News

Radio-tracking a Rare Bat

14 October 2014

The Airly Mine near Capertee in NSW is an underground coal mine with relatively small on-ground footprint immediately adjacent to several National Parks and reserves. For a number of years, the mine has run a comprehensive environmental monitoring program, thanks to the University of Queensland’s Centre for Mined Land Rehabilitation (CMLR). In October this year, CLMR took their monitoring to a new level with the help of Bruce Thomson (mircobat expert, Redleaf Environmental) by investigating various aspects of the ecology of a rare bat that occurs in the region, the Large-eared Pied Bat (Chalinolobus dwyeri).  In previous surveys, a number of old mines had been regularly monitored for other bats; the Eastern Horseshoe Bat and Eastern Bent-wing Bat, but the behaviour of this additional species, which is regarded as a threatened species under both Commonwealth and NSW legislation, had remained something of a mystery. 

In October this year, Bruce who is an Industry Fellow with CLMR and Elizabeth Williams, conducted some radio telemetry work, tracking male and female C. dwyeri to locate their roosts and also gain some insights into foraging areas. The location of roost sites was particularly important in terms of understanding the potential impact of mining operations in the area. This species is known to use shallow caves for maternity sites, but did these bats follow the same patterns as observed elsewhere and were any of the maternity sites near the mining operation?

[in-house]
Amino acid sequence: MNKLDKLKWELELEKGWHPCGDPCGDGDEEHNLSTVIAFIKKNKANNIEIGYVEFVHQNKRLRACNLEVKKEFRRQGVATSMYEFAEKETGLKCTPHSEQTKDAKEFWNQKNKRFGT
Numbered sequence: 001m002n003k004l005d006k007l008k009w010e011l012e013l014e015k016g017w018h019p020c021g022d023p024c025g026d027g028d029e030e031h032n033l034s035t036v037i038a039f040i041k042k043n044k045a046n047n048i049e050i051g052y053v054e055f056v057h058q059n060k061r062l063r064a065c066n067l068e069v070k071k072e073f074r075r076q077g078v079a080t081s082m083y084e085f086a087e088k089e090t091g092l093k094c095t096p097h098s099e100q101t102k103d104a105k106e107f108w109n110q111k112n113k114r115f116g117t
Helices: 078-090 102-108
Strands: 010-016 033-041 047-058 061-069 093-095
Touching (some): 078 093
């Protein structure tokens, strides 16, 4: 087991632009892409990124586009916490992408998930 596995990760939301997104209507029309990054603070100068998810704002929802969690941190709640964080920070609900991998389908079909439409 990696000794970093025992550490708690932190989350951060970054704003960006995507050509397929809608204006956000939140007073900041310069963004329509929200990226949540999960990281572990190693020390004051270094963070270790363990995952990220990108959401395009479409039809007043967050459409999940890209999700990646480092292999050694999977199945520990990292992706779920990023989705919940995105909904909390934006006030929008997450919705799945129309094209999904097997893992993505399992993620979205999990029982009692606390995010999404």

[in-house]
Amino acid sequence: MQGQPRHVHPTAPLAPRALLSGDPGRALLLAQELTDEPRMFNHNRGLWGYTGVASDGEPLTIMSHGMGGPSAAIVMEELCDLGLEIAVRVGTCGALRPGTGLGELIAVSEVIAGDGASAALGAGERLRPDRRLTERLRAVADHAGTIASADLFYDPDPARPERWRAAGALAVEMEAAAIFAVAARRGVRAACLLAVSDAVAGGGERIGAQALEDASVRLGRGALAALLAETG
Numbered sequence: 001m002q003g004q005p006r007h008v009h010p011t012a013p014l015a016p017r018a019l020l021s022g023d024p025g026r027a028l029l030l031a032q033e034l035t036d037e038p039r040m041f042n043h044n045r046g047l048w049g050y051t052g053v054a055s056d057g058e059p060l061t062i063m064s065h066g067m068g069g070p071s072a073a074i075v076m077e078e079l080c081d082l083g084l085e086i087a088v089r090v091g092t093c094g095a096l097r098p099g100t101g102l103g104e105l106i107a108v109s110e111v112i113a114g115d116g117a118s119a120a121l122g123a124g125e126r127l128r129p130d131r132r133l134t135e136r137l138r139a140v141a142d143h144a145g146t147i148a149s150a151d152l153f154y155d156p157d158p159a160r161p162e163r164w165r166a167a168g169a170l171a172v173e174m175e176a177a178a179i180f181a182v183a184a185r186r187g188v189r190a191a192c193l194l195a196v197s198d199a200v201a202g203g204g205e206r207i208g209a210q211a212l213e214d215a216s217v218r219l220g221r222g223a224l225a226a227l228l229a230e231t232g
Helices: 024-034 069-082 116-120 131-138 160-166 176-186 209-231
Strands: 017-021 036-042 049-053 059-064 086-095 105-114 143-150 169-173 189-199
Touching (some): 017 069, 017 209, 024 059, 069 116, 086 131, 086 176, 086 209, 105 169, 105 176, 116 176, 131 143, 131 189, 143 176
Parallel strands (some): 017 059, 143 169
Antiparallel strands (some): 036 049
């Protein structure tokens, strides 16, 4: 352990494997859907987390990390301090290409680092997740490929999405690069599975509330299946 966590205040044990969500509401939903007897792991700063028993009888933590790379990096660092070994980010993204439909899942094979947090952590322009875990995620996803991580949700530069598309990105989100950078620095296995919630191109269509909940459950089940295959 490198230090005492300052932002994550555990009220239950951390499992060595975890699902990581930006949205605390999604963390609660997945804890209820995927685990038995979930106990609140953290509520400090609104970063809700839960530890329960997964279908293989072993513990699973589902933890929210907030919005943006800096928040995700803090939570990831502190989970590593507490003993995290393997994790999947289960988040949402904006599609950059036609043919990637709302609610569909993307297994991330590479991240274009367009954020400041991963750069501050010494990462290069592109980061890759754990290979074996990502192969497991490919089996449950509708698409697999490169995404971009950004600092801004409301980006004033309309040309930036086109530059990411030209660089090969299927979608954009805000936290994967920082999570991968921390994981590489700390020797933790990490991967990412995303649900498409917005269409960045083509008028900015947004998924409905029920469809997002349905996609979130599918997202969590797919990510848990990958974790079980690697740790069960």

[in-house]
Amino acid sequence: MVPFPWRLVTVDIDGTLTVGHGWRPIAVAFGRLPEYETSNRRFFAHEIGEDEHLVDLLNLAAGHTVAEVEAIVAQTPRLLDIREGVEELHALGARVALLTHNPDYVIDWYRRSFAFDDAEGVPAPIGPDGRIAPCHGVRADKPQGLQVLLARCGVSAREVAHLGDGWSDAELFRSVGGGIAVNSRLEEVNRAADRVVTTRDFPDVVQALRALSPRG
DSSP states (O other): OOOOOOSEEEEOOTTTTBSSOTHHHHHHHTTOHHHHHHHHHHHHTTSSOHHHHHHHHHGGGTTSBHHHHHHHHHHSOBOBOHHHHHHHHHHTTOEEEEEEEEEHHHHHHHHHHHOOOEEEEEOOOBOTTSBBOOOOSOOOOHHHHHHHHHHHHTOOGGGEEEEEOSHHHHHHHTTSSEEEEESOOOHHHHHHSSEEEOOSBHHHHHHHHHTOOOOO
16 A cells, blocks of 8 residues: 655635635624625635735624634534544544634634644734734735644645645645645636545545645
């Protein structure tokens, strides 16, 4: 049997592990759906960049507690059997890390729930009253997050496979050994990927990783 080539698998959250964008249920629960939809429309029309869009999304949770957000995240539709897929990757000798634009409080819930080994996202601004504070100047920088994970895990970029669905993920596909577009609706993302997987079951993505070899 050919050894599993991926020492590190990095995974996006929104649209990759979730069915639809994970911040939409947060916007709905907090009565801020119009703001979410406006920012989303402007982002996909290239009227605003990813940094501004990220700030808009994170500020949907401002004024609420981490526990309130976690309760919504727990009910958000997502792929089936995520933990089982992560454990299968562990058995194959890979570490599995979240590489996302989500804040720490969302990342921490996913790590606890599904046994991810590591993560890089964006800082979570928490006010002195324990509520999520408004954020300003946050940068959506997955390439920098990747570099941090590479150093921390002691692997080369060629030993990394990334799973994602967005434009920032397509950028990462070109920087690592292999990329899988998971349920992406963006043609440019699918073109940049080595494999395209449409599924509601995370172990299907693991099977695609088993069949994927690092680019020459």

Bruce said, "What we found was that yes, both males and females roosted in the sandstone escarpments and tended to regularly occupy the same general area. They also moved roost sites over the week-long study period and all of the roosts were on vertical rock faces and so were not possible to access."

"Foraging occurred primarily in the dry eucalypt forests adjacent to the roost sites, but early indications from the telemetry data suggested that they may also forage over nearby cleared land that is currently part of a grazing lease."

"This is the first time that such a study has been conducted on this species and a good deal more work is required to fully explore their habitat use in the area. A second trip is now planned for mid-December to locate further roost sites and to confirm foraging activity over the open pasture lands."  

From what has been discovered so far, it seems highly unlikely that mine will have any impact at all, on this species, so that’s a very positive outcome from the project.